The SDS was chaired until the May 20, 2007 European elections by Petar Stoyanov, former president of the country. Meanwhile, Kostov, the former Prime Minister and SDS party leader went on to form his own party - Democrats for a Strong Bulgaria. At the 2005 parliamentary election, the United Democratic Forces won 8.4% of the popular vote and 20 out of 240 seats.

It was announced at the inaugural conference of the Movement for European Reform (MER, March 2007) that the SDS would become official partners alongside the British Conservative Party and the Czech Civic Democratic Party.[9] In mid April 2007, the SDS backtracked on its decision, stating that it remains loyal to the EPP and that it will never leave the EPP section of the EPP-ED Group to join another Group.

In the May 20, 2007 European elections the SDS failed to elect even a single MEP, resulting in the resignation of Stoyanov who led the list.

At the start of 2009 the SDS entered in an electoral alliance named the "Blue Coalition" with four other center-right parties: the DSB, the United Agrarians, the Bulgarian Social Democratic Party and the Radical Democratic Party. The alliance fielded candidates for the June 2009 European election winning a seat. When the Lisbon Treaty came into force in December of that year, their representation doubled. Now both the SDS and the DSB had an MEP.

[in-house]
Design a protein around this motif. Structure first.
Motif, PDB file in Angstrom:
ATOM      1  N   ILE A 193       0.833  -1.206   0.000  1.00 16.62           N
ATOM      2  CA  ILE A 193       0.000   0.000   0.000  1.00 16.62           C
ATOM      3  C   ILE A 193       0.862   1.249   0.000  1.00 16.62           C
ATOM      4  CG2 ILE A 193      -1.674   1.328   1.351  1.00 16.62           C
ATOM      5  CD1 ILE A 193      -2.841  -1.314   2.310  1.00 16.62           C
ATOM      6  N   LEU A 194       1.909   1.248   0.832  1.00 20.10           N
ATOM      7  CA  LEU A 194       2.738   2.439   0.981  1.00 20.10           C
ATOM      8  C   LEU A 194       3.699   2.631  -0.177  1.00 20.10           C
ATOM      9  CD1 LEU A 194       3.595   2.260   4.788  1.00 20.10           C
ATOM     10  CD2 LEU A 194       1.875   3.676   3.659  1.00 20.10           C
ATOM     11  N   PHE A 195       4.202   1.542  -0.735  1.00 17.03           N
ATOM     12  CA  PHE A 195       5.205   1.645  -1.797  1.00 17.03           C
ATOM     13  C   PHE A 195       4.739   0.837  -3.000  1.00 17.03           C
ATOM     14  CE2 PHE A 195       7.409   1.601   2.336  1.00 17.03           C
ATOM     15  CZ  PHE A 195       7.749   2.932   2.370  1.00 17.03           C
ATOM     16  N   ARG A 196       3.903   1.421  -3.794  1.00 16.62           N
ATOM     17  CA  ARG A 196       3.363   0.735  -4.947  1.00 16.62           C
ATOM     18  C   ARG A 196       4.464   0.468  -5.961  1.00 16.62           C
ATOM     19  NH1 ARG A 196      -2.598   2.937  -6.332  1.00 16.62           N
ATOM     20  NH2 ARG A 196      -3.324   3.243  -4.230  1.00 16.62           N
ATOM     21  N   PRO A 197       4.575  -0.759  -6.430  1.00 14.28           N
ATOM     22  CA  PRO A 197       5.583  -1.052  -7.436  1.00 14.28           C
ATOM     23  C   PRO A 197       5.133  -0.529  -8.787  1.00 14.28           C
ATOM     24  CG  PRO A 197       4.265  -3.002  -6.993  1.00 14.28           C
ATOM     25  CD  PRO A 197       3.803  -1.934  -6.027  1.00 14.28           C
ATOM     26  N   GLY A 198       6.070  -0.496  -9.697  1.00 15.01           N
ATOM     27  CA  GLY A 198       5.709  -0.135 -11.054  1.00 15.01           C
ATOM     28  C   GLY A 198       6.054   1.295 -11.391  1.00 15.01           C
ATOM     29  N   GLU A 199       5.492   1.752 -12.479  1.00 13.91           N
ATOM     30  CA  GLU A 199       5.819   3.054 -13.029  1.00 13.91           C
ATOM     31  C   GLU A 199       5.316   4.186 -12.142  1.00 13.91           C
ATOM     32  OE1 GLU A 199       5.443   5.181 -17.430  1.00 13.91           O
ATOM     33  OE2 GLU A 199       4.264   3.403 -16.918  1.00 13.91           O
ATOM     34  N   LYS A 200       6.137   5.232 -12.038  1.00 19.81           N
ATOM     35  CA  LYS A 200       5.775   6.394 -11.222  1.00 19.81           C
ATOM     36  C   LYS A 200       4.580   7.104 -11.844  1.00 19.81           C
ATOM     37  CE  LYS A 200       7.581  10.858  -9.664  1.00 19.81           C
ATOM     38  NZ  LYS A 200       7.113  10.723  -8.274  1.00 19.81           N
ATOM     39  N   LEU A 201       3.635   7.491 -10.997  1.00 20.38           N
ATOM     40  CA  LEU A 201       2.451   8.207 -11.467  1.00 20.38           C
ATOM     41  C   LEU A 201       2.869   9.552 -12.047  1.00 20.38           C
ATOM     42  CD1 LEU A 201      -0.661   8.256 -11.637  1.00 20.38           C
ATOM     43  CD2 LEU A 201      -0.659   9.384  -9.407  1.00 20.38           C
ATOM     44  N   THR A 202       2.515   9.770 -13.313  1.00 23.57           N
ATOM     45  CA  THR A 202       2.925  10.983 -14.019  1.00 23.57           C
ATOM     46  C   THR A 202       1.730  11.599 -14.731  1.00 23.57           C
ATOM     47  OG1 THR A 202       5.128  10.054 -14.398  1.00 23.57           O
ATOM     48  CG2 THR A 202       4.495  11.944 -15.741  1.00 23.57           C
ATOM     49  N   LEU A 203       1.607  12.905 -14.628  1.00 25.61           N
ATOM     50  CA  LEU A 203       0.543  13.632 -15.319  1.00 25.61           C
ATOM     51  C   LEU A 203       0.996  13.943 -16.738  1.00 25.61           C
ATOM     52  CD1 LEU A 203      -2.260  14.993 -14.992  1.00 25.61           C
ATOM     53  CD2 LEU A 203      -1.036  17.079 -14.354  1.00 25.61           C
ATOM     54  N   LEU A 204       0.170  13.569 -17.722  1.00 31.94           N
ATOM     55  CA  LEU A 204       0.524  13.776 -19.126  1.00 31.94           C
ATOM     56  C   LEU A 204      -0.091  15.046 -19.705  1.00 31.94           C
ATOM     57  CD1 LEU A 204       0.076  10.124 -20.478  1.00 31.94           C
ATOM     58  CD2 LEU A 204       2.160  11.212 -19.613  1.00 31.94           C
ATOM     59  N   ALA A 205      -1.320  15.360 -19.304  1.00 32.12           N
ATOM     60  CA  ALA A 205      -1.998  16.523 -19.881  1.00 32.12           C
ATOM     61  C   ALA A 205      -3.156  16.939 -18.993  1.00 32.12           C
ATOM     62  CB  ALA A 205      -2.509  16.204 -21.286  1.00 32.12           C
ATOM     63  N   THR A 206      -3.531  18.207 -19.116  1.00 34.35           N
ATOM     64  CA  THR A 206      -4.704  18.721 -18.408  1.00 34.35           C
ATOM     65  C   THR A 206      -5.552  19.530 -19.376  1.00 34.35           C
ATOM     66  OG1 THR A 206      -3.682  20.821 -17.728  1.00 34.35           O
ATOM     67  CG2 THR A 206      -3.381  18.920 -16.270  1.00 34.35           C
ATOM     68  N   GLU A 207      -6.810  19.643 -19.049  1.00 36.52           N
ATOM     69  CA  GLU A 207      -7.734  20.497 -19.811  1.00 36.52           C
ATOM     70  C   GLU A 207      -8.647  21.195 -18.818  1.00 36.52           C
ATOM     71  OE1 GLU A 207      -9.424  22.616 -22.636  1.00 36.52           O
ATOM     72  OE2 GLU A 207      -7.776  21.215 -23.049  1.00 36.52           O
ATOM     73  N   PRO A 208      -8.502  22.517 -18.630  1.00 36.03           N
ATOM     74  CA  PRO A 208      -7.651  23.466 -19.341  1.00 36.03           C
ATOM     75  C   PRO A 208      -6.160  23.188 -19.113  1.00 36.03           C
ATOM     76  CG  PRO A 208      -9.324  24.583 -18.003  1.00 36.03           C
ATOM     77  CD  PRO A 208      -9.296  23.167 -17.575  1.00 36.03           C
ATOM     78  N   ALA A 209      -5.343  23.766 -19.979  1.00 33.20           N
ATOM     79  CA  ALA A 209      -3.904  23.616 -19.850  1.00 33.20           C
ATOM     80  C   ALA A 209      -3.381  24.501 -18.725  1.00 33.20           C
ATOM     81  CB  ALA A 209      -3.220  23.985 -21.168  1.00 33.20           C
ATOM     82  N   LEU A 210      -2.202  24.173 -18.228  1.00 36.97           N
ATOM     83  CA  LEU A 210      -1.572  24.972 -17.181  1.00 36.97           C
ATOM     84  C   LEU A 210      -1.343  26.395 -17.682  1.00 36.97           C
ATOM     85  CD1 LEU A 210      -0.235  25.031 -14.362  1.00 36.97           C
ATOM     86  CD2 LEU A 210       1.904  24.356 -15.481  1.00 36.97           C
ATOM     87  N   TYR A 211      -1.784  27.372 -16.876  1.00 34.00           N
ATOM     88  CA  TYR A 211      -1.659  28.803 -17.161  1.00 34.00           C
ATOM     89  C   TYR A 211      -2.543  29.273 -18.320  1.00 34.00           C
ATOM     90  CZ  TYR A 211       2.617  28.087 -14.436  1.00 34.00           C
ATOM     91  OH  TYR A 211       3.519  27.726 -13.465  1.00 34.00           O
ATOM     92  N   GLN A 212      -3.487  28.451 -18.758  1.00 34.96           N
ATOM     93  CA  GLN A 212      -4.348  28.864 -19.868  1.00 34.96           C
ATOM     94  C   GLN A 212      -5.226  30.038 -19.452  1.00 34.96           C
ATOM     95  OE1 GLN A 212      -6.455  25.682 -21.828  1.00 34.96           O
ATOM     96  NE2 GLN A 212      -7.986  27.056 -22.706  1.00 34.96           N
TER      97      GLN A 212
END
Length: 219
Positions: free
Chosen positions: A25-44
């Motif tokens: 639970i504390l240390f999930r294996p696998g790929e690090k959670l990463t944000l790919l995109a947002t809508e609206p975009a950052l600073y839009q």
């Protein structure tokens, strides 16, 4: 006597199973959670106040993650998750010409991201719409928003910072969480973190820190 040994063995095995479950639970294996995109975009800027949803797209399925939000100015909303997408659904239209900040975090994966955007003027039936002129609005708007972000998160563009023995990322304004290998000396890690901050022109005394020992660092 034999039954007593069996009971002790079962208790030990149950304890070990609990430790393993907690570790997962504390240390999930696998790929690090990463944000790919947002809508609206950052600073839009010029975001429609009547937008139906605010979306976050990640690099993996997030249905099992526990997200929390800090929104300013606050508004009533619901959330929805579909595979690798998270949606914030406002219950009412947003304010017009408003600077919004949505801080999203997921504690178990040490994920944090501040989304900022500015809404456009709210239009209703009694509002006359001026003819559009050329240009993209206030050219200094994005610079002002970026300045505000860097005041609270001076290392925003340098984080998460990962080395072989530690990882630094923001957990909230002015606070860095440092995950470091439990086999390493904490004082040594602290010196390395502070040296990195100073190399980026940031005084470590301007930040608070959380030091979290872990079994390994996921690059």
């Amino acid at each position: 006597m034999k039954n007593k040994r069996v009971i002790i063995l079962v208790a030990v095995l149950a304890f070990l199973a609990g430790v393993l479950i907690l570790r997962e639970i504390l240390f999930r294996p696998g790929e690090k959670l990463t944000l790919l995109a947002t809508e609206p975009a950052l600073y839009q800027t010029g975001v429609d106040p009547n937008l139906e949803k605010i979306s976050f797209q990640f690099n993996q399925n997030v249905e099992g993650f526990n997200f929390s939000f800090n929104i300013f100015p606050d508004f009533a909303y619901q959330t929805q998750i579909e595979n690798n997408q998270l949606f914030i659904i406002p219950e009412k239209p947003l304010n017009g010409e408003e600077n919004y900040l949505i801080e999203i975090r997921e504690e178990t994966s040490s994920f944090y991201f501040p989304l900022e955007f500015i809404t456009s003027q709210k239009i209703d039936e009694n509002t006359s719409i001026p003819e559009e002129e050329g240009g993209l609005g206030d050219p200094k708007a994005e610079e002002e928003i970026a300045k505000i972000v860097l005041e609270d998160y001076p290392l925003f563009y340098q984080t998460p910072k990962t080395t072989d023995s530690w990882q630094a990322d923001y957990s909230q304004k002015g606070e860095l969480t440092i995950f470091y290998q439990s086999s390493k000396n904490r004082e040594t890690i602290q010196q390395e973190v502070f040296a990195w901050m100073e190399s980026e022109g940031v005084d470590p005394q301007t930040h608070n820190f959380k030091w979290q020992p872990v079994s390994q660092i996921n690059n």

The Blue coalition placed fifth in the legislative election a month later with a combined 6.8% of the vote and 15 seats.

In the May 2013 elections, the SDS lost all of its seats in the Bulgarian National Assembly.

United Democratic Forces[edit]

For the 1997 parliamentary elections, an alliance named United Democratic Forces was formed around SDS. The same name was later used for other elections and parliamentary groups.[citation needed]

The Blue Coalition[edit]

In early 2009 an alliance was formed together with Democrats for a Strong Bulgaria for the European Parliament elections and National Assembly elections. The coalition was named the Blue Coalition and included some other parties.

List of chairmen[edit]

Chairmen of the Coordination Council

Chairmen and Chairwomen of the unified party

See also[edit]

Portal icon Conservatism portal

References[edit]

  1. ^ "Bulgaria Rightists UDF Reelect Leader Martin Dimitrov". Novinite.com. Sofia News Agency. Retrieved 25 March 2014. 
  2. ^ a b Nordsieck, Wolfram, "Bulgaria", Parties and Elections In Europe, retrieved 7 November 2012 
  3. ^ Bakke, Elisabeth (2010), "Central and East European party systems since 1989", Central and Southeast European Politics Since 1989 (Cambridge University Press): 79, retrieved 17 November 2011 
  4. ^ Hanley, Seán (2006), "Getting the Right Right: Redefining the Centre-Right in Post-Communist Europe", Centre-Right Parties in Post-Communist East-Central Europe (Routledge): 18 
  5. ^ Metodiev, Momchil (2009), "Bulgaria", Transitional Justice in Eastern Europe and the former Soviet Union: Reckoning with the communist past (Routledge): 161 
  6. ^ Bugajski, Janusz (2007), The Eastern Dimension of America's New European Allies, Strategic Studies Institute, p. 147 
  7. ^ Szczerbiak, Aleks; Hanley, Seán (2006), "Understanding the Politics of the Right in Contemporary East-Central Europe", Centre-Right Parties in Post-Communist East-Central Europe (Routledge): 7 
  8. ^ http://www.omda.bg/bulg/news/party/sds.htm
  9. ^ http://www.conservatives.com/tile.do?def=news.story.page&obj_id=135350&speeches=1

External links[edit]